8. 8. The projection device of claim 1, wherein the light source optics include:
    compound parabolic concentrator reflective optics; and
    a lens between the compound parabolic concentrator reflective optics and the gate.
  9. 9. The projection device of claim 1, wherein the light source optics include a dichroic filter.
  10. 10. The projection device of claim 9, wherein the light source includes at least two dichroic filters.
  11. 11. The projection device of claim 1, wherein the light source optics include a mixing tunnel between the light source and the gate.
  12. 12. The projection device of claim 1, wherein the gate includes an outline image, printed image transparency, iris, baffle, or digital image display device.
  13. 13. A projection device, comprising:
    at least one light emitting diode (LED);
    a gate;
    an optical system to produce a distribution of light from the at least one LED at the gate;
    a digital device positioned at the gate; and
    a control system connected to the LED to control the light generated by the LED and connected to the digital device to control the light passed through the gate.
  14. 14. The projection device of claim 13, wherein the optical system includes reflective optics with straight walls, a truncated shape and overall dimensions of a compound parabolic concentrator.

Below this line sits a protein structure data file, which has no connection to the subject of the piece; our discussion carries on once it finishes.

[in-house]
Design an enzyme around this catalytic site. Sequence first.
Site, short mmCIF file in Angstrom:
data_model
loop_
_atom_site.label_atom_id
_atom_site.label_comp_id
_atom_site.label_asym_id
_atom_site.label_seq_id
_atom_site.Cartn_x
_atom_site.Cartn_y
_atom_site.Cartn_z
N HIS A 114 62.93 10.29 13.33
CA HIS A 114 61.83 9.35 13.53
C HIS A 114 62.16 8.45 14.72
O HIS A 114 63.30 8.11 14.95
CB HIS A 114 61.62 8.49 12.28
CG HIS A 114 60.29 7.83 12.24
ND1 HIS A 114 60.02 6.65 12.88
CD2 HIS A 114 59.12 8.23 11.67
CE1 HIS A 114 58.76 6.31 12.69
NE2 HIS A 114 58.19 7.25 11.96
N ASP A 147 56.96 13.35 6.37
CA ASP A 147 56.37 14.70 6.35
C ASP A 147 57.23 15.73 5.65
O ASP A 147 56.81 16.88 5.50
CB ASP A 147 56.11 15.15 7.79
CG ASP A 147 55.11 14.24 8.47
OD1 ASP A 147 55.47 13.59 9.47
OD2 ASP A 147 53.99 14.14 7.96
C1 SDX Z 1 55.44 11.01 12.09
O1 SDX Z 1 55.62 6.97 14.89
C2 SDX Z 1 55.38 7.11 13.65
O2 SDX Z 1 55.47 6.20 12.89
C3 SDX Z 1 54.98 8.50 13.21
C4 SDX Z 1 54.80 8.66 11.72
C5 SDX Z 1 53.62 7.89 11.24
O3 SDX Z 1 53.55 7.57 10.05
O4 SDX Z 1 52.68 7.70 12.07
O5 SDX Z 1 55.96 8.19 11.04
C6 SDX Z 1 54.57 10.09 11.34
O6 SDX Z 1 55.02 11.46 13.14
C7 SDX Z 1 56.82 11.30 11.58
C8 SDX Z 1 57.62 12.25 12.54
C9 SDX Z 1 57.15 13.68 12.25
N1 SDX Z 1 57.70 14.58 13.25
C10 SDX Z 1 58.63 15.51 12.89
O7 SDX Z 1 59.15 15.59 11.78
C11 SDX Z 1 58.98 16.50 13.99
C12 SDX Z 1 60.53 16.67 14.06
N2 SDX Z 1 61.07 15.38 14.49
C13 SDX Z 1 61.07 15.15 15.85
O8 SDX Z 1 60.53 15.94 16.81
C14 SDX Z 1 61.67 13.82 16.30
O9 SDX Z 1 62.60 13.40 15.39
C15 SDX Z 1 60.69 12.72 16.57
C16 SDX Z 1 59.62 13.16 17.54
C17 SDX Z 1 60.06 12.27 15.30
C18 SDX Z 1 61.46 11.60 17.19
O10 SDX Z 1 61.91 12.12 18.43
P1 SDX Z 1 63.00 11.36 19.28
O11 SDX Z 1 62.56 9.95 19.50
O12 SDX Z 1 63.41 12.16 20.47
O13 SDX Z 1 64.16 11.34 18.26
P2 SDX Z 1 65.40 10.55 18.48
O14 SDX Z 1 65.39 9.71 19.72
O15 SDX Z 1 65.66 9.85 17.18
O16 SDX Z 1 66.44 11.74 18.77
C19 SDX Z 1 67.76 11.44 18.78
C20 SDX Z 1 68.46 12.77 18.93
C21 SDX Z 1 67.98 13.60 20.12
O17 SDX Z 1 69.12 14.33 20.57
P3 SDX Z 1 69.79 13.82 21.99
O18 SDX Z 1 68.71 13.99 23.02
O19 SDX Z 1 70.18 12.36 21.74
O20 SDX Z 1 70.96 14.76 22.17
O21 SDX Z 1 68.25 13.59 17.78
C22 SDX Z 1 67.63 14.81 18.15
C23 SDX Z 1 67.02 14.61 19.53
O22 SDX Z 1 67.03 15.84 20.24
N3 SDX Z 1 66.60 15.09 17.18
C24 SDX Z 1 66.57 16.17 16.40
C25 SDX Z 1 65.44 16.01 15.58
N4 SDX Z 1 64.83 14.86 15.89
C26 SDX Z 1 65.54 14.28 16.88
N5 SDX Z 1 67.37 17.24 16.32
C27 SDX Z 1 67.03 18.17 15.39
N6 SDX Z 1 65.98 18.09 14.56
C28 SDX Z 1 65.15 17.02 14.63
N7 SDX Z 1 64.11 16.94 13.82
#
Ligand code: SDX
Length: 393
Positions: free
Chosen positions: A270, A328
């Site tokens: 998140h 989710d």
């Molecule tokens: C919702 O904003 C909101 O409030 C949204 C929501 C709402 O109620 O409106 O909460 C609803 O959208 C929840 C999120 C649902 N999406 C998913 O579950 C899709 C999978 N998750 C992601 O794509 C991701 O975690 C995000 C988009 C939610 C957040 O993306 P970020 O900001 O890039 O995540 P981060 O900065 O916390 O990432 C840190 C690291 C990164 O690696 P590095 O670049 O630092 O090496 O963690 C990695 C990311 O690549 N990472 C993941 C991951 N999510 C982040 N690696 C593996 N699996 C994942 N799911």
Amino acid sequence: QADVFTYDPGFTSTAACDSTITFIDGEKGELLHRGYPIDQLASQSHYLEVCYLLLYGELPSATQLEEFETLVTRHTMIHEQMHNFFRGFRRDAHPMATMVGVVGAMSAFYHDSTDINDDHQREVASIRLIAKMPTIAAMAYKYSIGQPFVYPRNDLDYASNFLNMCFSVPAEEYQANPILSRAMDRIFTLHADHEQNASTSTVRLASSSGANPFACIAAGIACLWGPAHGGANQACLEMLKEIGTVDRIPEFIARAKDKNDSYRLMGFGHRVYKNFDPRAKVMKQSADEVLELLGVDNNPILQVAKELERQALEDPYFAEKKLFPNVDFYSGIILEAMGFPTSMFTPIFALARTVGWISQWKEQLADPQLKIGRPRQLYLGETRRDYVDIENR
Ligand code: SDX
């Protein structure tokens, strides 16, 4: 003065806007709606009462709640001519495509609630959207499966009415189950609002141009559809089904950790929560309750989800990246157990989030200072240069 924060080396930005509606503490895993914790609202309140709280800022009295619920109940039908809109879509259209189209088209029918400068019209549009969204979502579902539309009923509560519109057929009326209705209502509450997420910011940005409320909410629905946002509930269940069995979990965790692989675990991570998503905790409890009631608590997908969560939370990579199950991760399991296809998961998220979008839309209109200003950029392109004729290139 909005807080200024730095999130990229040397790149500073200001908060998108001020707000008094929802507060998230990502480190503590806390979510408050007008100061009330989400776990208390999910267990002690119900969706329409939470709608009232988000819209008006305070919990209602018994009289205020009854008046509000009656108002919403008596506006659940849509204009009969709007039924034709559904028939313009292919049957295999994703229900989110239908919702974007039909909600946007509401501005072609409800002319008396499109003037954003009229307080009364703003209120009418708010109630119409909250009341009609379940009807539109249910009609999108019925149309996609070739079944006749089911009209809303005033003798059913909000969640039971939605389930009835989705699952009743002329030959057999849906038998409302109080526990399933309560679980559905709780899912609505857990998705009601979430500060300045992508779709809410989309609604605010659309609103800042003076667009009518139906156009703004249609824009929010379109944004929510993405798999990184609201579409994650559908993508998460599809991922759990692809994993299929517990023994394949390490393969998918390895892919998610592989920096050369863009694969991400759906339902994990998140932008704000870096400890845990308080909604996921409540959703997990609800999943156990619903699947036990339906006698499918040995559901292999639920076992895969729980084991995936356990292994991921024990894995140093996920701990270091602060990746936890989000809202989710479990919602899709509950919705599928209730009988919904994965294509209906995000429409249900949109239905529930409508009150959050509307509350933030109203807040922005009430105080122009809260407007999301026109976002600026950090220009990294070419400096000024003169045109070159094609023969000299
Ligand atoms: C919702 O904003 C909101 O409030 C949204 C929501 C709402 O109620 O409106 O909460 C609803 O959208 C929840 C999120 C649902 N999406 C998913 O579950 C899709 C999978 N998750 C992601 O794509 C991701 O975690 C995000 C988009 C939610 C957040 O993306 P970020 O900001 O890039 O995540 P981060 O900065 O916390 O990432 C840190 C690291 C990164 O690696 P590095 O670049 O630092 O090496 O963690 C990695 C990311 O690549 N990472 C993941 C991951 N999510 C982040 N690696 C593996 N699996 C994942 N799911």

15. 15. The projection device of claim 13, wherein the optical system includes compound parabolic concentrator reflective optics.
  16. 16. The projection device of claim 13, wherein the light source optics include a dichroic filter.
  17. 17. The projection device of claim 13, wherein the light source optics include a mixing tunnel between the light source and the gate.
  18. 18. A method of operating a projection device having a light source system with a solid-state light source, light source optics, and a gate with a gate area, comprising:
    producing light using the at least one solid-state light source;
    distributing the light across the gate area of the gate using the light source optics, wherein distributing the light includes reflecting the light produced by the at least one solid-state light source using reflective optics selected from the group consisting of:
    reflective optics with straight walls, a truncated shape and overall dimensions of a compound parabolic concentrator; and
    compound parabolic concentrator reflective optics;
    using the gate to produce an object; and
    projecting the object from the projection device.
  19. 19. The method of claim 18, wherein distributing the light further comprises passing the light reflected from the reflective optics through a dichroic filter.
  20. 20. The method of claim 18, wherein distributing the light further comprises passing the light reflected from the reflective optics through a mixing tunnel positioned between the reflective optics and the gate.
  21. 21. The method of claim 18, wherein producing light includes independently controlling each of a plurality of light emitting diodes (LEDs).
  22. 22. A method of operating a projection device, comprising:
    producing light using at least one light emitting diode (LED);
    distributing the light to a gate; and
    using a digital device to control light passed through the gate.
  23. 23. The method of claim 22, further comprising using the digital device to shape or cut the light.
  24. 24. The method of claim 22, further comprising using the digital device to control color of the light.
  25. 25. The method of claim 22, further comprising rapidly cycling through illuminated single color images, wherein the cycling is sufficiently rapid to allow the human eye to integrate the images into a full color image.